1880s - This black writer penned plantation fiction while passing as white
Charles Chestnutt wrote enduring tales of the Old South
Charles Chesnutt is remembered as one of the best and earliest African American short story writers, but he didn’t reveal his ancestry to the Atlantic Monthly when he submitted his short stories for consideration in the early 1880s. Chesnutt, who estimated his heritage as 1/16 black and 15/16s white, started writing fiction at time when such precise measurements mattered deeply. Though he spent most of his adult life as a pillar of the black community in Cleveland, it was that one act of passing that likely guaranteed his publication.
Chesnutt was born in Ohio in 1858 in and raised in Wilmington, North Carolina, where his family moved after the Civil War. He was a product of the new schools established by the Freedmen’s Bureau, where he was educated and later taught, eventually becoming a principal at a Fayetteville school when he was 22 years old. Chesnutt, relentlessly ambitious, could not be contained by the South. He returned to Ohio in the early 1880s, studied for and passed the state bar, and launched a successful court stenography business.
Despite his success, and his new wealth, what he truly wanted was to be an author. He was clear about his goal from the beginning. “The object of my writings would not be so much the elevation of the colored people as the elevation of the whites,” he mused in his diary, considering the limitations of his own life, and the daily injustice faced by all African Americans in the Jim Crow era. Chesnutt, influenced by the success of novels like Uncle Tom’s Cabin, believed that fiction could change perceptions and elicit sympathies like no other form.
He set his sights on publication in the Atlantic Monthly, which had never before published fiction by an African American, and sent his first manuscript in cold, where it ended up in the 19th century equivalent of a slush pile. But the editors accepted Chesnutt’s first story, “The Goophered Grapevine,” in 1887, and requested that he send more. Eventually four short stories featuring his signature character, Uncle Julius, appeared in the magazine. Houghton Mifflin, which owned the Atlantic at the time, also commissioned a book of Uncle Julius stories. The book was called The Conjure Woman, and was part of a two-book contract, which also included a collection of short stories called “The Wife of His Youth.”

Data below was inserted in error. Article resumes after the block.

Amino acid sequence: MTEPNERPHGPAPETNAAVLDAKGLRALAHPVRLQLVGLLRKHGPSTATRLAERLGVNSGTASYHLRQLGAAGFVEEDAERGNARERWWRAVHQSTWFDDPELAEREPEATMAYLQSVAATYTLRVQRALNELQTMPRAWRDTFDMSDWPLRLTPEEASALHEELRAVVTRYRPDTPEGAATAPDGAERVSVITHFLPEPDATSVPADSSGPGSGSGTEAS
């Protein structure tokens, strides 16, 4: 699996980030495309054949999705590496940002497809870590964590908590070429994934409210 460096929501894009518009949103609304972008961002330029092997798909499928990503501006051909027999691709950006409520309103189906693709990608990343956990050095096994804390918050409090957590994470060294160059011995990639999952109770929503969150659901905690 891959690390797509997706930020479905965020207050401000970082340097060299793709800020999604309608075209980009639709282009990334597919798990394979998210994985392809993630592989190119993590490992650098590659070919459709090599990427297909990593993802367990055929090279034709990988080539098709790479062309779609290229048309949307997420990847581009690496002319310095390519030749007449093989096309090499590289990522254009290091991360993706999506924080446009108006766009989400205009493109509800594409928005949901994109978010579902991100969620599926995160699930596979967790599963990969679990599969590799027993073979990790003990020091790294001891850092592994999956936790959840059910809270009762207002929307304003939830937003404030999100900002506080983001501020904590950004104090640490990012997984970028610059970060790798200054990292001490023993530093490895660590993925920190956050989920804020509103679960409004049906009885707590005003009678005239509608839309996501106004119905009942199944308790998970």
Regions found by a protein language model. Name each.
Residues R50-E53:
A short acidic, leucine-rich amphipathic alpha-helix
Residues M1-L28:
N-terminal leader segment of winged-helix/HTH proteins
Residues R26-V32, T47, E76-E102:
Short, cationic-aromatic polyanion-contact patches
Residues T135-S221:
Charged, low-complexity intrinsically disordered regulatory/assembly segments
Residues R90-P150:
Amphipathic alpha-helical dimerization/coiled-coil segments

The Uncle Julius stories were part of a genre known as plantation fiction, stories told in dialect about life in the Old South. Most plantation fiction was nostalgic, but Chesnutt’s work in the form was haunting. There was nothing charming or romantic about the slavery Julius recalls for the new, Northern owners of the plantation where he once worked as a slave. Mostly Julius tells them stories about families that have been sold apart. In one, a wife, Tenie, tries to save her husband, Sandy, from being sold to another owner by turning him into a tree. Tenie eventually decides on a more permanent solution. “[A]tter studyin’ de matter ober, en talkin’ wid Sandy one ebenin,’ she made up her mine fer ter fix up a goopher mixtry wa’t would turn herse’f en sandy ter foxes, er sump’n, so dey could run away en go some’rs whar dey could be free and lib lack w’ite folks.” Instead, Sandy is milled for lumber while Tenie is working at another plantation. In another, a conjure woman (or sorceress) turns a young boy into a mockingbird so he can visit his mother after she’s traded to another plantation. The stories in “The Wife of His Youth” deal with similar themes.
Though he eventually wrote several novels, Chesnutt’s stories are still considered his best work. As literary styles became more modern in the early 20th century, Chesnutt’s fiction began to seem somewhat melodramatic. And as his subjects became more realistic, and rooted in the present moment rather than the recent past of slavery, his books also became harder for white readers to sympathize with.
American author William Dean Howells, for instance, a vocal supporter of Chesnutt’s short stories, was less than thrilled about novels such as The Marrow of Tradition, published in 1901. The book dramatized a 1898 riot in Wilmington, North Carolina, where a white mob assembled and ousted the democratically elected black leaders of the majority black town. After reading the novel, Howells wondered if Chesnutt had lost his way artistically. “The book is, in fact, bitter, bitter,” Howells wrote in a review. “There is no reason in history why it should not be so, if wrong is to be repaid with hate, and yet it would be better if it was not so bitter.”
Chesnutt had always walked a peculiar line. He identified as black, and his affinity for African American culture was genuine and deeply felt, but he looked white. Moreover, he knew that race wasn’t real. That was a sentiment most white people couldn’t fathom, and one that eventually turned wider reading audiences away from his fiction.